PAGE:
The COVID-19 public health crisis has caused economic fallout at the local, state and national levels – Oregon’s economy is in a difficult place. As a result of the ongoing pandemic, Oregon has entered into a severe recession. According to data from the Office of Economic Analysis, this is the deepest recession on record with data going back to 1939. The sudden stop of economic activity due to the outbreak of Covid-19 has made the revenue outlook clearer. Economists have a particularly difficult time forecasting turning points in the business cycle. This time around, it became clear overnight that Oregon is in recession and that the downturn will be severe. Recovery will take years.
In the baseline (most likely) scenario, General Fund and other major revenues have been reduced relative to the March forecast by $2.7 billion in the current biennium and $4.4 billion in the 2021-23 budget period. Fortunately, Oregon is better positioned than ever before to weather a revenue downturn. Automatic deposits into the Rainy Day Fund and Education Stability Fund have added up over the decade-long economic expansion, and stood at $1.6 billion in April. In addition to dedicated reserve funds, the General Fund had over one billion dollars in projected balances before the recession hit.
As social distancing restrictions continue to lift in the months ahead, underlying economic activity will return. Pent-up demand will transition the economy from recession to recovery as households are able to venture out to a larger degree. This rebound in consumer spending, business sales, and profits will lead to firms hiring back some employees. Economic growth in the second half of this year will be strong. However this initial bounce back will be far from complete. After this rebound in economic activity, growth will continue but at a relatively slow pace due to the uncertainty surrounding public health.
Firms and households are expected to remain somewhat hesitant and only gradually test the waters. Once business and consumer confidence fully return following available medical treatment or the passing of the pandemic, stronger economic growth will resume and the economy will fully recover. While this recession is extremely severe – the deepest on record in Oregon with data going back to 1939 – it is expected to be shorter in duration than the Great Recession. The economy should return to health by mid-decade.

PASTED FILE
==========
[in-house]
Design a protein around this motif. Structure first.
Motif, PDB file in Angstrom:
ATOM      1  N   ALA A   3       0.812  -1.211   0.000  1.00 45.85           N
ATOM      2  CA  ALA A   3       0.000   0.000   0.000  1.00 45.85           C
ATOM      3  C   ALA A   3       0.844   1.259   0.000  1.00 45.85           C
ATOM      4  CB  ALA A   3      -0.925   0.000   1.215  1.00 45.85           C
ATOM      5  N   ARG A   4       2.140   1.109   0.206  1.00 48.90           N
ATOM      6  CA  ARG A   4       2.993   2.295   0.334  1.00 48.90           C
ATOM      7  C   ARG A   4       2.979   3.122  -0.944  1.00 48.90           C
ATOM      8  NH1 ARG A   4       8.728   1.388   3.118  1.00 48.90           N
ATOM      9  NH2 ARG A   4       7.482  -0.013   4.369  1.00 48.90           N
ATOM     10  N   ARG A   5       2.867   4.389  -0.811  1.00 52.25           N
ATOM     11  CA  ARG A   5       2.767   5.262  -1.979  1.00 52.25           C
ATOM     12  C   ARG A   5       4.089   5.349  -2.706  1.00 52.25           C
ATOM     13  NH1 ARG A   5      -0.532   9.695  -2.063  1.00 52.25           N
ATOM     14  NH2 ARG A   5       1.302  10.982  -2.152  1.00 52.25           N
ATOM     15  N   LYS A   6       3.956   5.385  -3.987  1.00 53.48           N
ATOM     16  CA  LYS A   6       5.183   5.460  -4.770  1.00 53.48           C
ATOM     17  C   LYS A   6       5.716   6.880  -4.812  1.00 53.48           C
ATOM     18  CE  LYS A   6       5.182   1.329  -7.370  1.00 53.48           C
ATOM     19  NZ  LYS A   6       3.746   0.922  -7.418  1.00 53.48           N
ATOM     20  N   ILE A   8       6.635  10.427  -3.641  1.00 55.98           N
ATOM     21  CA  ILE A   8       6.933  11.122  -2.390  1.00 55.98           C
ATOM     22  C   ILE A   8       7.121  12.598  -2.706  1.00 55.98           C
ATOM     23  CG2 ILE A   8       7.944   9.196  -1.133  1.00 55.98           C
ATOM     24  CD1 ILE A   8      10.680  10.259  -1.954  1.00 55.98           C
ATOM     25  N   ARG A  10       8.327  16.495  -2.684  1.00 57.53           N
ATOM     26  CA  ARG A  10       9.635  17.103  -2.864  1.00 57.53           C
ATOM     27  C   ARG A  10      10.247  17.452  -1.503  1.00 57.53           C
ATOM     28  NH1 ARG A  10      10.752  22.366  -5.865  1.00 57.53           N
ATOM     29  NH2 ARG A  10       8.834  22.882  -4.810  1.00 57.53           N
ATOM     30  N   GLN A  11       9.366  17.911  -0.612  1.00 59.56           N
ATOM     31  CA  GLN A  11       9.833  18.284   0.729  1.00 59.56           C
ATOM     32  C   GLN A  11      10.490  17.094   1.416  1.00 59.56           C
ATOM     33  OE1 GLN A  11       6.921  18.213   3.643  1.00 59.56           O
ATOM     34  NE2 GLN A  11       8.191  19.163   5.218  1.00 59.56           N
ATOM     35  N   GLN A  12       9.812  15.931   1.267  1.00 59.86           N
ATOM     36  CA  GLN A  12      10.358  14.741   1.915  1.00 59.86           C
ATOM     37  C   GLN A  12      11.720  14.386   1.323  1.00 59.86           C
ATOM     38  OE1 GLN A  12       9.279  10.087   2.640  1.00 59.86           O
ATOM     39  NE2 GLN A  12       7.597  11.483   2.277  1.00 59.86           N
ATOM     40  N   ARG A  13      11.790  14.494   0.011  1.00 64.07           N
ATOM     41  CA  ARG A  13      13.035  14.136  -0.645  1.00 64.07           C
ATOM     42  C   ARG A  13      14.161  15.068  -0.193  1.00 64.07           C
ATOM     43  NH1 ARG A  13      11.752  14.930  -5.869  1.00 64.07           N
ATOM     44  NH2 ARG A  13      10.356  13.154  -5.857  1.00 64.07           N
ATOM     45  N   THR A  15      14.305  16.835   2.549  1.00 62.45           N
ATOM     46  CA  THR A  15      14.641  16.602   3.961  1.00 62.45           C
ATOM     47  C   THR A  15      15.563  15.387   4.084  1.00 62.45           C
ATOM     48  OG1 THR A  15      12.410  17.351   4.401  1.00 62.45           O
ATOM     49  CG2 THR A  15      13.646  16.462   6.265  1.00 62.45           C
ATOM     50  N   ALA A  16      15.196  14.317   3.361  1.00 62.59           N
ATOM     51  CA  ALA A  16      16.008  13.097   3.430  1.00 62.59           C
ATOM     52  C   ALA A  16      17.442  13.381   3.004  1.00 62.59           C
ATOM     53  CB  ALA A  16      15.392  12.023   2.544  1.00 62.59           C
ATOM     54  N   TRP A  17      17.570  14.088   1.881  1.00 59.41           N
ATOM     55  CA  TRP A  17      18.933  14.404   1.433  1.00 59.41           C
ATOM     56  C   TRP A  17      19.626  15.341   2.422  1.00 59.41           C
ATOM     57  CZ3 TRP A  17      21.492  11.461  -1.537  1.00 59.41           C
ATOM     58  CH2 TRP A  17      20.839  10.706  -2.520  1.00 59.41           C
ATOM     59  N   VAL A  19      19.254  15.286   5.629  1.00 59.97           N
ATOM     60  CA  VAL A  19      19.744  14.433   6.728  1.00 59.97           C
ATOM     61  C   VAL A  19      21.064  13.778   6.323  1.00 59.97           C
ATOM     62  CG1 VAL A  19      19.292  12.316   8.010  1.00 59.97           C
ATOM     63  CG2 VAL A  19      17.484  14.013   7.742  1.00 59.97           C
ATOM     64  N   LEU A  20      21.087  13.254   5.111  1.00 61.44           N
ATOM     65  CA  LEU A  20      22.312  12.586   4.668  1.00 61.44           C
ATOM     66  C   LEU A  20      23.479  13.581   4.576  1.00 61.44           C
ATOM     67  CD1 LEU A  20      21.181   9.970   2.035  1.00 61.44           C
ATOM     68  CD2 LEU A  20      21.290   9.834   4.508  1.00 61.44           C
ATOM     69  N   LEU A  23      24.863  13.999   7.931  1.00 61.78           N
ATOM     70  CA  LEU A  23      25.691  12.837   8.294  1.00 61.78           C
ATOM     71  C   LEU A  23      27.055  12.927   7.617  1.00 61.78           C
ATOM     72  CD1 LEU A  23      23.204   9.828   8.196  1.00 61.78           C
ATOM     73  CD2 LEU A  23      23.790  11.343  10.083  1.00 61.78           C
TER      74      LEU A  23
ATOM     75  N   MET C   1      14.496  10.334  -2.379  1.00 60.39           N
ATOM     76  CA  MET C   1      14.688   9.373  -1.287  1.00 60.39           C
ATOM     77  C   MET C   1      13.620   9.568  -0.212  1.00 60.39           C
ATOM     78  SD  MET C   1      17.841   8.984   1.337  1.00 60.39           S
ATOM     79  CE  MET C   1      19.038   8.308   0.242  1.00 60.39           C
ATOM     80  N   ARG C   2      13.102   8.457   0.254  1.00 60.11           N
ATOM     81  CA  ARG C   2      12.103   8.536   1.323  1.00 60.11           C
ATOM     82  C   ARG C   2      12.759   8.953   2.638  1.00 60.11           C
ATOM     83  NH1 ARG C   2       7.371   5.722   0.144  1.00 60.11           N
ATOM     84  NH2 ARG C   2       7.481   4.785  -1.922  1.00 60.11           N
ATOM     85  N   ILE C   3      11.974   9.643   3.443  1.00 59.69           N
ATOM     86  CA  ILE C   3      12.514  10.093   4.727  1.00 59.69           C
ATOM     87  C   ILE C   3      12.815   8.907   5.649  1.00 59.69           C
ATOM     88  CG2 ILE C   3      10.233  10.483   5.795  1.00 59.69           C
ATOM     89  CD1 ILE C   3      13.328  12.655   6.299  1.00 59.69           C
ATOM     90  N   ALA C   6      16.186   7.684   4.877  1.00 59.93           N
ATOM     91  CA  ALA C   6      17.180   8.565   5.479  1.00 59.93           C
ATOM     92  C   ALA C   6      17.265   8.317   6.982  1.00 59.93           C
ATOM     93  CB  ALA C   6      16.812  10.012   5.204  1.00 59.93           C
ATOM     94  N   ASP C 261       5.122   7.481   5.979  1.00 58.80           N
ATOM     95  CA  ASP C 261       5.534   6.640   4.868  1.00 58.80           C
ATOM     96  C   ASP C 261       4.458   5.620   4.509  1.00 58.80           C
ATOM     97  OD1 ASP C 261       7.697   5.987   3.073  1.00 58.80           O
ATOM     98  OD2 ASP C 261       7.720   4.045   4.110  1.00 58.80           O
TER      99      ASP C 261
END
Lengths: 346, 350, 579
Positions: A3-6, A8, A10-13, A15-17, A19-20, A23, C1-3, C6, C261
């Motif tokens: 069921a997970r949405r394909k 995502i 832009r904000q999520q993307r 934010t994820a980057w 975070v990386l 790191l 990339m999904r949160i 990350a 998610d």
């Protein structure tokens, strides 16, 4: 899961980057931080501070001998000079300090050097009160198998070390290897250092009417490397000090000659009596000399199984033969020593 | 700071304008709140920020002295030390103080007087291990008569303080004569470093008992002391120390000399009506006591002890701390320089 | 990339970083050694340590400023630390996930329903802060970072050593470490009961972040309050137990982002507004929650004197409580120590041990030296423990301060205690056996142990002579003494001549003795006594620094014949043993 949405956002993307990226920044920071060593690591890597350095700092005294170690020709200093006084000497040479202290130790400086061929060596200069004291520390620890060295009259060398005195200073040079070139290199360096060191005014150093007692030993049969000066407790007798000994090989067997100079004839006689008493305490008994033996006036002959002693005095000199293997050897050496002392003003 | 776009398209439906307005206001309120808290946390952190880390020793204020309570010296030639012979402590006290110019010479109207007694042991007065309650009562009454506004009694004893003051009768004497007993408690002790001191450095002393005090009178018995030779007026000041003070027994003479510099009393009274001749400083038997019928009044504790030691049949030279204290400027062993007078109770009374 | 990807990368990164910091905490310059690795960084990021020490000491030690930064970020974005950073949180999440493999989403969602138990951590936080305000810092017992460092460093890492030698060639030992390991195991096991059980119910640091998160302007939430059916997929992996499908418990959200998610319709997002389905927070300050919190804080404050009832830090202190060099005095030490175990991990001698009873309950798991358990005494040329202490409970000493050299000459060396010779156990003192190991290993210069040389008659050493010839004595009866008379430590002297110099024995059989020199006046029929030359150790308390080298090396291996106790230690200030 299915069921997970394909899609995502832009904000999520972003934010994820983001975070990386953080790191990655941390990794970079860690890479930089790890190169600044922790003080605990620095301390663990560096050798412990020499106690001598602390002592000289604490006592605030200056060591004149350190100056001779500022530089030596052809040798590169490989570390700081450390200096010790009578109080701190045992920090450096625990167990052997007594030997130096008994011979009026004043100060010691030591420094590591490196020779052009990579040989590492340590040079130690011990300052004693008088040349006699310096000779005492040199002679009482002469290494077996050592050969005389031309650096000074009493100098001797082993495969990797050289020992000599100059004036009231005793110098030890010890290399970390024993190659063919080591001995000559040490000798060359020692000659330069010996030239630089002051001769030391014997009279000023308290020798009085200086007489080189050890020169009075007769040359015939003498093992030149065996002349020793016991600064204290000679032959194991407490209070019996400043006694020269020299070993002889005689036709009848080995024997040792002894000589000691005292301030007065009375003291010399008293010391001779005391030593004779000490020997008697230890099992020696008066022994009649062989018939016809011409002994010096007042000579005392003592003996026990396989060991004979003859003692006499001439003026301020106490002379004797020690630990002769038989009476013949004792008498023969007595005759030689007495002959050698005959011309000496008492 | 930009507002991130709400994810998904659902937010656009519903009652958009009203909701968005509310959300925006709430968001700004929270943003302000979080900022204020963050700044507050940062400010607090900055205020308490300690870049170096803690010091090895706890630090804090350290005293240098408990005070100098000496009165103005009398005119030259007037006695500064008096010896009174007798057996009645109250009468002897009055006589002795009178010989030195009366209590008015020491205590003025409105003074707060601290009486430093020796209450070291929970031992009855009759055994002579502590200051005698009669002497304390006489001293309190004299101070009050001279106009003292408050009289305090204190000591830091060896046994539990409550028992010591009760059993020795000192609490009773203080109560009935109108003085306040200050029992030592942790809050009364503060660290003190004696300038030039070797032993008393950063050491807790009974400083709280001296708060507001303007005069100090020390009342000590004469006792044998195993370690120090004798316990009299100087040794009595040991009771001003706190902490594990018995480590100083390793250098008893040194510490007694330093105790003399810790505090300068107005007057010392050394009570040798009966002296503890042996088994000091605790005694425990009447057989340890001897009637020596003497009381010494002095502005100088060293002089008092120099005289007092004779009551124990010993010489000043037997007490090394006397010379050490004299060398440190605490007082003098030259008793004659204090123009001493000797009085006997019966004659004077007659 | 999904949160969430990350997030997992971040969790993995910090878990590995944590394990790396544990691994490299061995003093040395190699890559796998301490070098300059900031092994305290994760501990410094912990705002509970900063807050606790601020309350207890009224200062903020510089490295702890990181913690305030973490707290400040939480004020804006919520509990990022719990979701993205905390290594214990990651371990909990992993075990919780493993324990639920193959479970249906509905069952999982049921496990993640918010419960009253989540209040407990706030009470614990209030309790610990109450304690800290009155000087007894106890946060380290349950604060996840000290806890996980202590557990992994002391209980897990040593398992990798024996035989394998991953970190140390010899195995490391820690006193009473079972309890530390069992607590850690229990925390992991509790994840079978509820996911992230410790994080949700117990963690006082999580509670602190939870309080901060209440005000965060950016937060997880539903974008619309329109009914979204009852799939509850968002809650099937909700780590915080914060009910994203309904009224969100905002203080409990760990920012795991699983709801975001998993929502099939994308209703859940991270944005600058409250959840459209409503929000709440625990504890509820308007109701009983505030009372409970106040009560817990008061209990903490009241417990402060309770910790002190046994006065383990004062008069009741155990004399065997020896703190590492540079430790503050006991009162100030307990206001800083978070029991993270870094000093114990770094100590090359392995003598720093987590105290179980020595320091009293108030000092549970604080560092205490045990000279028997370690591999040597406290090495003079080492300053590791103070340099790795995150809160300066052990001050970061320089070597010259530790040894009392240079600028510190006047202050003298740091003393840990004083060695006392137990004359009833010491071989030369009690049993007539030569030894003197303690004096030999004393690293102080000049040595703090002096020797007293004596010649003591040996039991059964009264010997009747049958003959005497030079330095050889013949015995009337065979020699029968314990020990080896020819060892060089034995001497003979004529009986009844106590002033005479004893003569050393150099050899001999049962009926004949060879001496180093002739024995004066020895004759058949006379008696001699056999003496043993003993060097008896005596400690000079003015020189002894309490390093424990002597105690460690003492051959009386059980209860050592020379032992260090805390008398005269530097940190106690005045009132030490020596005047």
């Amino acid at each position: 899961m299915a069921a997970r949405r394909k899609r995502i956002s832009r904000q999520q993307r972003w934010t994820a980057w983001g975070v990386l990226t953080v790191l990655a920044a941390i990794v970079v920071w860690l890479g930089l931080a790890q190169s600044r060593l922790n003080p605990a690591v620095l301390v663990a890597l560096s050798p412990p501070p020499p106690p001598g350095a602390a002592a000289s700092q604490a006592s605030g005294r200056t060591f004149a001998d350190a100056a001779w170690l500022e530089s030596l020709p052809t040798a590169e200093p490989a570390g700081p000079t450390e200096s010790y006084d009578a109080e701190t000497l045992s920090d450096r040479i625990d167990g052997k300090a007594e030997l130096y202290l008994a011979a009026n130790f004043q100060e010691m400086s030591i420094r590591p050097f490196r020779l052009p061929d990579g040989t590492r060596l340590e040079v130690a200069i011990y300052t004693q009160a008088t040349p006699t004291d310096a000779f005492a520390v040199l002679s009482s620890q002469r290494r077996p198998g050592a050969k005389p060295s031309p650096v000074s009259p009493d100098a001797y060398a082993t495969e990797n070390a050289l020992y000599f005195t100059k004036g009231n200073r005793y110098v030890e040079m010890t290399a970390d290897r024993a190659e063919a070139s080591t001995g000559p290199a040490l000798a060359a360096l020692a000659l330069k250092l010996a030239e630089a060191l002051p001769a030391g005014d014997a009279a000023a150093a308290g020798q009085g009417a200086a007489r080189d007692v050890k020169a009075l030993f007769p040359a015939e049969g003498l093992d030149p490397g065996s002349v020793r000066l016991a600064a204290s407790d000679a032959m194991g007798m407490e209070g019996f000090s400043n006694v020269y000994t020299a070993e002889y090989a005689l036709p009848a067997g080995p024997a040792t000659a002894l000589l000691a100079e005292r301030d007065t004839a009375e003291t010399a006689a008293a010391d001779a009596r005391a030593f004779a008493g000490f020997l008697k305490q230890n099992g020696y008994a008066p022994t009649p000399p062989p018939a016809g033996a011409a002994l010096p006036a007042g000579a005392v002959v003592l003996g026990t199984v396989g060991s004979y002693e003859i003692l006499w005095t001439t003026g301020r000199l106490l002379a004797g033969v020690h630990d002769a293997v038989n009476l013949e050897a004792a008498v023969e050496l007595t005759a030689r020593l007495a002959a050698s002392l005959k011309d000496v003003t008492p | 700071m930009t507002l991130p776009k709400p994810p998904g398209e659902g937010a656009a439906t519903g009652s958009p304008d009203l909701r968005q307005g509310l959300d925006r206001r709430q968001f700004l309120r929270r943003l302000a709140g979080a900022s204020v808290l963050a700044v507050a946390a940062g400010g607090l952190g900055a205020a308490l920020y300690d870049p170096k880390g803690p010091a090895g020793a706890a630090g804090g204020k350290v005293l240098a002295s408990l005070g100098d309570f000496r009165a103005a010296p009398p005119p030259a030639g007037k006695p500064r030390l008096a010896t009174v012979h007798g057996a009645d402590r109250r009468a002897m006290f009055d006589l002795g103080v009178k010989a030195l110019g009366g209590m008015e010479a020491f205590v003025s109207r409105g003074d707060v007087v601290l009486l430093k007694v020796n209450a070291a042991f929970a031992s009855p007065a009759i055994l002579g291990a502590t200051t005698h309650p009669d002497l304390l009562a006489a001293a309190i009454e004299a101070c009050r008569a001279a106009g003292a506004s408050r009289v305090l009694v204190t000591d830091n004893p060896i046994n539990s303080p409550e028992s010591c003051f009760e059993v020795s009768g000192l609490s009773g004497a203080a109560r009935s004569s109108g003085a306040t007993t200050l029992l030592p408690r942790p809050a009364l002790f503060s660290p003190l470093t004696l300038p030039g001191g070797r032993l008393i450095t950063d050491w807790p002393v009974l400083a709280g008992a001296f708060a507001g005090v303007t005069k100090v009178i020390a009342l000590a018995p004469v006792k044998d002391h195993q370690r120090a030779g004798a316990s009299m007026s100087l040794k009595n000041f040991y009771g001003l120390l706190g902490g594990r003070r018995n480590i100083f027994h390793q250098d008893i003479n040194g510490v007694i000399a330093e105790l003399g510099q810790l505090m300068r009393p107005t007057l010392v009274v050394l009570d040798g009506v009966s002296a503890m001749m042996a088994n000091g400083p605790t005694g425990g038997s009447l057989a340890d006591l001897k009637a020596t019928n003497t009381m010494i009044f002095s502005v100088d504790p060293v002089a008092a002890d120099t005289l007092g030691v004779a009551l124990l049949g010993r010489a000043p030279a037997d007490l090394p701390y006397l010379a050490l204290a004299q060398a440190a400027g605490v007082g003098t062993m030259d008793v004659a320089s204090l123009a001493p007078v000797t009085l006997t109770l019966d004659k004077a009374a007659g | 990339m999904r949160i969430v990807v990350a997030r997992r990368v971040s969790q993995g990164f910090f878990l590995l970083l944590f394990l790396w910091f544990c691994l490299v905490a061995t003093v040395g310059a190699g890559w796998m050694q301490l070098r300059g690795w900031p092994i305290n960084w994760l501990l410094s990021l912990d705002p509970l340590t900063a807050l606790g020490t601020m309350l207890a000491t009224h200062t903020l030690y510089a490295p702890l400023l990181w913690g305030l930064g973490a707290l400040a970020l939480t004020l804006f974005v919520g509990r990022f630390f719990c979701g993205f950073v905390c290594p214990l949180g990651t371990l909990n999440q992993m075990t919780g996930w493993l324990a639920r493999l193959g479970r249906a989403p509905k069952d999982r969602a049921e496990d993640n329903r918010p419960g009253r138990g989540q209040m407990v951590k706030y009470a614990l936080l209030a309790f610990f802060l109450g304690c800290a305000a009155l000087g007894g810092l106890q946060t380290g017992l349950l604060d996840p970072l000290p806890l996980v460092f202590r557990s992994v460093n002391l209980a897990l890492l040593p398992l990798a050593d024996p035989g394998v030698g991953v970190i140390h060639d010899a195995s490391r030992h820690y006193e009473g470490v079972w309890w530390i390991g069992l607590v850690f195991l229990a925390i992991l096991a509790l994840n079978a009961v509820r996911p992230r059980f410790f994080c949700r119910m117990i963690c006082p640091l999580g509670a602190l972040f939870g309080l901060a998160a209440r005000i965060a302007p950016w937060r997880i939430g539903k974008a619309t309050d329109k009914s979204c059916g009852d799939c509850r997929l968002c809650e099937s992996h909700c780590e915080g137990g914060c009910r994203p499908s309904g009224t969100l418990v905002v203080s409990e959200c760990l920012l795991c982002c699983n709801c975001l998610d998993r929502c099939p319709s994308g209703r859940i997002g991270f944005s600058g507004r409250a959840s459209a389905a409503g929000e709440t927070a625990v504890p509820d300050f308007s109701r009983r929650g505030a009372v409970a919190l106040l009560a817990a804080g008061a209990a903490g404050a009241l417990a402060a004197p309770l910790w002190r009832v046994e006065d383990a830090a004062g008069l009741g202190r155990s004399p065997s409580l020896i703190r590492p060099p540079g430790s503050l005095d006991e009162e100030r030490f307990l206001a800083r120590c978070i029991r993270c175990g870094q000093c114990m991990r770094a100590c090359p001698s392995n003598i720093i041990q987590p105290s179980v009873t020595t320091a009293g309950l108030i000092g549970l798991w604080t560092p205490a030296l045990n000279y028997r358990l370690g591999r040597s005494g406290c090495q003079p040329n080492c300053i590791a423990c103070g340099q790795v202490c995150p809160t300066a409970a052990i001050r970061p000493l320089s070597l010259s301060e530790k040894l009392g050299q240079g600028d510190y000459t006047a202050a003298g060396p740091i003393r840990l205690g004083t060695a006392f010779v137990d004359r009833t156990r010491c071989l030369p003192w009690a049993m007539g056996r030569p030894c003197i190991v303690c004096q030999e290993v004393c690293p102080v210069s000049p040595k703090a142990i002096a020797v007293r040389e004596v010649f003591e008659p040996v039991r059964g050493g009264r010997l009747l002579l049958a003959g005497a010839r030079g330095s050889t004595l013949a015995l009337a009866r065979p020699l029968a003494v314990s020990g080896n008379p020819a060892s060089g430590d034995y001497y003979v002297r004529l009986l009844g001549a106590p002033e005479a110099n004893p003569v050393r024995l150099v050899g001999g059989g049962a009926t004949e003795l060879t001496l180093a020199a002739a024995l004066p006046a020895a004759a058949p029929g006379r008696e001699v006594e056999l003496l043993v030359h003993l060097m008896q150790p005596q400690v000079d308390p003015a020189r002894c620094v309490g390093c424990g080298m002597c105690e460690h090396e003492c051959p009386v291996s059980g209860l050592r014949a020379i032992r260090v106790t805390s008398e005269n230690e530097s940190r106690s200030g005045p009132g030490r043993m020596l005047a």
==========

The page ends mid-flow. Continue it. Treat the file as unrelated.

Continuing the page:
The reasons for the faster recovery include the fact that there were no major macroeconomic issues or imbalances prior to the virus, much of the initial severity of the recession is due to suppressed economic activity, and the federal policy response, however imperfect, has been swifter and more targeted than in recent cycles. Combined, these factors should help limit the amount of permanent damage done to the economy during the shutdown phase.
Should the number of firms that close, or the number of workers displaced remain relatively limited, or rather the amount of time they spend as such be limited, then the overall economic recovery timeline should be shorter than last decade. During most business cycles, Oregon’s state revenues have proven to be more volatile than those in the typical state.
The need for isolation has led to spending declines that far outstrip what is usually seen during recessions, hitting sales tax states disproportionately hard. States that depend on tourism and energy/mining revenues are also in for a tough year or two. Oregon will share some of the pain felt by sales tax states since our revenue system has become much more dependent on consumer and business spending over time. Even before the corporate activity tax was enacted in 2019, a wide range of sales-based taxes had been expanded in recent years.
Taxes on lodging, gasoline, vehicle purchases, video lottery and marijuana sales are all much more substantial than they were during the last recession. While some taxes will fare better than others, all major revenue sources will face considerable downward pressure given the severity of the recession. The sudden stop in economic activity has led to the largest downward revision to the quarterly forecast.